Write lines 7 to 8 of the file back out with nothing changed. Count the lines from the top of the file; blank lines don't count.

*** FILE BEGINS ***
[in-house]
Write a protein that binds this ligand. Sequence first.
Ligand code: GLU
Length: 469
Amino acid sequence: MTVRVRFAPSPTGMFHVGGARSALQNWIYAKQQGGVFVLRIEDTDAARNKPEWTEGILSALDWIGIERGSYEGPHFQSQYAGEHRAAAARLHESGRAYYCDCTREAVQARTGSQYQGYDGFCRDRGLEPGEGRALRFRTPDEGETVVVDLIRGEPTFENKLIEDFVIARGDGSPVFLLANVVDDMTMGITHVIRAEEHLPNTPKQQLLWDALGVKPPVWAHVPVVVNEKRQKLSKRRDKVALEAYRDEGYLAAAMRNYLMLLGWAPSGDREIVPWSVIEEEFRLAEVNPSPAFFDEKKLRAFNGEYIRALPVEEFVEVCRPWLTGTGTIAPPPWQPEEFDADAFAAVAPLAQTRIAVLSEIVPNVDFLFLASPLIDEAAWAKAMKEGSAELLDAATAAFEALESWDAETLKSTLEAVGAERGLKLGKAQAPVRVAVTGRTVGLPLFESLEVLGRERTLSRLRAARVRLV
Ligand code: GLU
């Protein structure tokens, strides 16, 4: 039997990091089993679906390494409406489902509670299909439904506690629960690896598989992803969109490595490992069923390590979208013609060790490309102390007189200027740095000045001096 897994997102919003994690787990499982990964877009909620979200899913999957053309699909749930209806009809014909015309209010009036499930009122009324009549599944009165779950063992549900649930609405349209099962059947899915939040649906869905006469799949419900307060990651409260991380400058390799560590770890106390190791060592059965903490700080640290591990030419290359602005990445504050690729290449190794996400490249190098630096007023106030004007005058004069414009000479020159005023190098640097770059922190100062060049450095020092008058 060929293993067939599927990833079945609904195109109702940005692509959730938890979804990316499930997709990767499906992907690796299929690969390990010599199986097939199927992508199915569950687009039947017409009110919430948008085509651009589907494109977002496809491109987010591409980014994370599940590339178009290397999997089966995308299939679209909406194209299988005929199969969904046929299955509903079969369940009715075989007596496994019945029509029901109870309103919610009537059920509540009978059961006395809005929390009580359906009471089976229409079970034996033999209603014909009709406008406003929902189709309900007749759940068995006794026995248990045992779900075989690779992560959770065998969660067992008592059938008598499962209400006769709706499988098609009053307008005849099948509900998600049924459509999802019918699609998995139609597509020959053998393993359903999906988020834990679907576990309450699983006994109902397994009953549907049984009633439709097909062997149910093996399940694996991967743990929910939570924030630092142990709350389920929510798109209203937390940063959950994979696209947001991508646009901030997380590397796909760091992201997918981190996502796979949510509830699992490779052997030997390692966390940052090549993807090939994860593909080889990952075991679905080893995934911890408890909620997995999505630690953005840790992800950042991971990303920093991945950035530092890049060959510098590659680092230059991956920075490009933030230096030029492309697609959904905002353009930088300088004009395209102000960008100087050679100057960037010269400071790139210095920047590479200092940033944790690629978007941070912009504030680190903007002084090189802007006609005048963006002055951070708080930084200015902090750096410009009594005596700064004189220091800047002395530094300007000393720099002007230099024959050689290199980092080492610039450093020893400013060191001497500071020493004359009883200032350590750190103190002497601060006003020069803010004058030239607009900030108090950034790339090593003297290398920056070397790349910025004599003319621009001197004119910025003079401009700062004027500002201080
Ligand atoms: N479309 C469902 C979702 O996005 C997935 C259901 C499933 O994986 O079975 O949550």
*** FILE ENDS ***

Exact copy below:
């Protein structure tokens, strides 16, 4: 039997990091089993679906390494409406489902509670299909439904506690629960690896598989992803969109490595490992069923390590979208013609060790490309102390007189200027740095000045001096 897994997102919003994690787990499982990964877009909620979200899913999957053309699909749930209806009809014909015309209010009036499930009122009324009549599944009165779950063992549900649930609405349209099962059947899915939040649906869905006469799949419900307060990651409260991380400058390799560590770890106390190791060592059965903490700080640290591990030419290359602005990445504050690729290449190794996400490249190098630096007023106030004007005058004069414009000479020159005023190098640097770059922190100062060049450095020092008058 060929293993067939599927990833079945609904195109109702940005692509959730938890979804990316499930997709990767499906992907690796299929690969390990010599199986097939199927992508199915569950687009039947017409009110919430948008085509651009589907494109977002496809491109987010591409980014994370599940590339178009290397999997089966995308299939679209909406194209299988005929199969969904046929299955509903079969369940009715075989007596496994019945029509029901109870309103919610009537059920509540009978059961006395809005929390009580359906009471089976229409079970034996033999209603014909009709406008406003929902189709309900007749759940068995006794026995248990045992779900075989690779992560959770065998969660067992008592059938008598499962209400006769709706499988098609009053307008005849099948509900998600049924459509999802019918699609998995139609597509020959053998393993359903999906988020834990679907576990309450699983006994109902397994009953549907049984009633439709097909062997149910093996399940694996991967743990929910939570924030630092142990709350389920929510798109209203937390940063959950994979696209947001991508646009901030997380590397796909760091992201997918981190996502796979949510509830699992490779052997030997390692966390940052090549993807090939994860593909080889990952075991679905080893995934911890408890909620997995999505630690953005840790992800950042991971990303920093991945950035530092890049060959510098590659680092230059991956920075490009933030230096030029492309697609959904905002353009930088300088004009395209102000960008100087050679100057960037010269400071790139210095920047590479200092940033944790690629978007941070912009504030680190903007002084090189802007006609005048963006002055951070708080930084200015902090750096410009009594005596700064004189220091800047002395530094300007000393720099002007230099024959050689290199980092080492610039450093020893400013060191001497500071020493004359009883200032350590750190103190002497601060006003020069803010004058030239607009900030108090950034790339090593003297290398920056070397790349910025004599003319621009001197004119910025003079401009700062004027500002201080
Ligand atoms: N479309 C469902 C979702 O996005 C997935 C259901 C499933 O994986 O079975 O949550």